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Urban Pamphleteer #7

Work / Publication

Urban Pamphleteer #7 shares narratives from London’s LGBTQ+ night-time spaces

Issue seven of Urban Pamphleteer gathers “perspectives, provocations and vignettes on London’s LGBTQ+ night-time spaces”. The publication was founded in 2013 by Rebecca Ross and Ben Campkin as an experiment into “the boundaries and public-ness of university-based publishing.” Now in its seventh issue, the magazine continues the tradition of radical pamphleteering, confronting themes in contemporary urban debate from a wide range of perspectives. With an aim to empower and inform citizens to “positively shape change”, Rebecca and Ben discuss the latest issue of Urban Pamphleteer, which they co-edited with Lo (Laura) Marshall.

The design approach for issue seven involved a heavy editing process. The two founders, along with the designer Guglielmo Rossi, arranged a vast amount of archival material “ranging from club flyers, architectural plans as well as historical documents from the Greater London Council”. Carefully curating the mass of found material, the editorial team took care to reference the historical findings in the typographic and visual treatment of the publication, also “using colour to present a compelling narrative”.

In contrast to the previous six issues of Urban Pamphleteer, the team chose to involve colour in the seventh issue. “When we first started thinking about the theme of LGBTQ+ night-time spaces, we set ourselves the challenge to involve colour without referencing cliches of the rainbow flag”, explains Rebecca. Deciding on yellow, pink and purple, the creatives agreed that this colour scheme serves “as a loud, but also quite subtle, visual wink toward solidarity against rigid or binary categorical thinking.”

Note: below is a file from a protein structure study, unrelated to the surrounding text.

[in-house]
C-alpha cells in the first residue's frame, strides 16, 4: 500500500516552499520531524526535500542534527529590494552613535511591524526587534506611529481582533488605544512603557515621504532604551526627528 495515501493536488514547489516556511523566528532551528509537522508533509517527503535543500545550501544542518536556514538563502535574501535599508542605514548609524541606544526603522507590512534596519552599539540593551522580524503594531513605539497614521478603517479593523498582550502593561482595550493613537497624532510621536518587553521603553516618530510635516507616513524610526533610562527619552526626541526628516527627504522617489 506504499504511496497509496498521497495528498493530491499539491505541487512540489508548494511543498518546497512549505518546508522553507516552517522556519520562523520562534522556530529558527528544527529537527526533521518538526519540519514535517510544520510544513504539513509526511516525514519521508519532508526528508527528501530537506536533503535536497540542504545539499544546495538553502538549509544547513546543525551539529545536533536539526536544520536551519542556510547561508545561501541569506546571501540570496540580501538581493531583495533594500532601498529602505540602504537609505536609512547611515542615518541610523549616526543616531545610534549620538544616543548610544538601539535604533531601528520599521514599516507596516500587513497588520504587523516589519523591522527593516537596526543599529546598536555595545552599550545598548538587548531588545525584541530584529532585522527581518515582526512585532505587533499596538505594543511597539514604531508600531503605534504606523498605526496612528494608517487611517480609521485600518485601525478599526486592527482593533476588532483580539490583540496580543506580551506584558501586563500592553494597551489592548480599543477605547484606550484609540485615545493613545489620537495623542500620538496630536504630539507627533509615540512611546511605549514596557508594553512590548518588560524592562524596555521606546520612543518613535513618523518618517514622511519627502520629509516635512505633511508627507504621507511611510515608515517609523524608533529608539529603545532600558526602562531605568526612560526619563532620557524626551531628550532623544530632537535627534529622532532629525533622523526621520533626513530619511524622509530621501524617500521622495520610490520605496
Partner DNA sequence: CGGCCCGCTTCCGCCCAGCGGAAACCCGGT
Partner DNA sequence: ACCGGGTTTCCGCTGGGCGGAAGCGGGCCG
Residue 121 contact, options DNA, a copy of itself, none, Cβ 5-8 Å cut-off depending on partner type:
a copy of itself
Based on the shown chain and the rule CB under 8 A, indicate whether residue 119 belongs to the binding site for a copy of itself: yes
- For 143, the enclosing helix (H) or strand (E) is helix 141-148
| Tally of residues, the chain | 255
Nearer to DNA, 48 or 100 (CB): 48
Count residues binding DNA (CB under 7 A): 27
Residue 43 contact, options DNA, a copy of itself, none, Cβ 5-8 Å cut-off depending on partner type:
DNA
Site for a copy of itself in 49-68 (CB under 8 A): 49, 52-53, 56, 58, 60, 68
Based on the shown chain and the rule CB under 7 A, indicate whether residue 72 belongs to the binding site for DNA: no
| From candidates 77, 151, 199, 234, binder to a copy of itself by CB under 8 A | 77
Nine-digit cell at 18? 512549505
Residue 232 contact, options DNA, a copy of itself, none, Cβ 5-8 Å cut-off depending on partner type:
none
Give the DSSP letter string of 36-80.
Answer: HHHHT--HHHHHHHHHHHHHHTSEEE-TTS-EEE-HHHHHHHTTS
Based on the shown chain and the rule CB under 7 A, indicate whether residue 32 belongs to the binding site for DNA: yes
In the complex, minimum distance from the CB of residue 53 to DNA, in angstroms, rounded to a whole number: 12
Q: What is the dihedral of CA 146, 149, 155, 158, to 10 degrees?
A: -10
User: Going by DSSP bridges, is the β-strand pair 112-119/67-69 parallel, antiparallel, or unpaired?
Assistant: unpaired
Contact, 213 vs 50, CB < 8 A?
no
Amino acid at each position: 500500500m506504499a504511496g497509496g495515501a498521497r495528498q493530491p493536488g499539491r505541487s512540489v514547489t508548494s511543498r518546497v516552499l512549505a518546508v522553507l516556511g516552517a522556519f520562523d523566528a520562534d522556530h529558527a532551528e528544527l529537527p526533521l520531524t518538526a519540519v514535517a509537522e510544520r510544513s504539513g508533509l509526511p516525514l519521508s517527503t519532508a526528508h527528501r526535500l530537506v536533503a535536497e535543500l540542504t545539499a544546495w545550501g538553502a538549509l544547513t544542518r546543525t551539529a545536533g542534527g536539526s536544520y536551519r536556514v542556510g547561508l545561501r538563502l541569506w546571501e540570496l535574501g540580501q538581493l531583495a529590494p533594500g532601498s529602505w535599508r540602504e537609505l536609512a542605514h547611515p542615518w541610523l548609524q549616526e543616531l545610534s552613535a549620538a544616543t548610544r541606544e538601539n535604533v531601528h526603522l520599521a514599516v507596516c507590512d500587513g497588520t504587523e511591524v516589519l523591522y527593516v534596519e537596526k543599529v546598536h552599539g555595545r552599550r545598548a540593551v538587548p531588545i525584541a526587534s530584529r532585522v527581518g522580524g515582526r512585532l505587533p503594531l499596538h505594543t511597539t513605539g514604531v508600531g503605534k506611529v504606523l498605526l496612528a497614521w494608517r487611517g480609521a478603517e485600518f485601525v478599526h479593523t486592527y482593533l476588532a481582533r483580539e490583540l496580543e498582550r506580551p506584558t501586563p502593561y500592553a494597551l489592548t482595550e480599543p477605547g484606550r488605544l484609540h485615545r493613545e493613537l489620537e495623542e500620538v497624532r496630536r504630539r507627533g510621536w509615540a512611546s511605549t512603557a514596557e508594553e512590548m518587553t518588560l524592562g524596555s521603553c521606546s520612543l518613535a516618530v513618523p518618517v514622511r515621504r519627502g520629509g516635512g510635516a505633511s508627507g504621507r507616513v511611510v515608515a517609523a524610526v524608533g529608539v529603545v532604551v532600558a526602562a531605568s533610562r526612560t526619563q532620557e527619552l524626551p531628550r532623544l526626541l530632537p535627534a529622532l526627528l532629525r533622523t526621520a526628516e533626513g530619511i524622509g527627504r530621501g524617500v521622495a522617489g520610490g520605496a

From issue to issue, certain design features are held consistent. “The modest production budget, format, starting grid, main text-face, tight time-scale, and paper” more or less remain the same but occasionally, there are “good, practical and conceptual reasons to break these rules.” For instance, Travis Alabanza’s poem D/e/a/t/h D/r/o/p is appropriately typeset in favour of the lyrical rhythm within the piece.

Along with a variety of stories about the “queer communities’ inhabitation of the capital”, the publication also shows technical planning documents which depict how night-space is governed. Ben adds that, “as a collection, these stories provide nuance behind the shocking headline that there has been a drop of 58% of licensed LGBTQ+ venues over the past decade.” The array of contributions from the likes of Victoria Sin, Joe Parslow, R. Justin Hunt and DJ Ritu, showcase a plethora of voices and opinions from the LGBTQ+ community. Ultimately, night-spaces “serve multiple functions for specific groups, and emerge from histories and present-day contexts of oppression and discrimination.”

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